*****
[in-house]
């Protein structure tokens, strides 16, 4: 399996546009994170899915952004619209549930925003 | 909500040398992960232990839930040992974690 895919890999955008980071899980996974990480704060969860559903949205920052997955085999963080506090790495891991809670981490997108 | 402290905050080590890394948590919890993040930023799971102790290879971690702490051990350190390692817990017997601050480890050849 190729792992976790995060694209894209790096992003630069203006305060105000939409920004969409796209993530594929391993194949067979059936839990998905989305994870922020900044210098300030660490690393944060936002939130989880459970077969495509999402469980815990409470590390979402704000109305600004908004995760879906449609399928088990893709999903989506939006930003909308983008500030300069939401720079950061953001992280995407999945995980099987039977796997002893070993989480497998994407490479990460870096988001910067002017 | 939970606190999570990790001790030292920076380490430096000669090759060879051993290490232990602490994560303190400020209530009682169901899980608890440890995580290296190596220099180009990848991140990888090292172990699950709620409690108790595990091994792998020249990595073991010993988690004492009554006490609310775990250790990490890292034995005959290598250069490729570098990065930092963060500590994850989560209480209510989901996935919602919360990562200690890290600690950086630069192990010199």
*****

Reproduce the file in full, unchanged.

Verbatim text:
[in-house]
């Protein structure tokens, strides 16, 4: 399996546009994170899915952004619209549930925003 | 909500040398992960232990839930040992974690 895919890999955008980071899980996974990480704060969860559903949205920052997955085999963080506090790495891991809670981490997108 | 402290905050080590890394948590919890993040930023799971102790290879971690702490051990350190390692817990017997601050480890050849 190729792992976790995060694209894209790096992003630069203006305060105000939409920004969409796209993530594929391993194949067979059936839990998905989305994870922020900044210098300030660490690393944060936002939130989880459970077969495509999402469980815990409470590390979402704000109305600004908004995760879906449609399928088990893709999903989506939006930003909308983008500030300069939401720079950061953001992280995407999945995980099987039977796997002893070993989480497998994407490479990460870096988001910067002017 | 939970606190999570990790001790030292920076380490430096000669090759060879051993290490232990602490994560303190400020209530009682169901899980608890440890995580290296190596220099180009990848991140990888090292172990699950709620409690108790595990091994792998020249990595073991010993988690004492009554006490609310775990250790990490890292034995005959290598250069490729570098990065930092963060500590994850989560209480209510989901996935919602919360990562200690890290600690950086630069192990010199």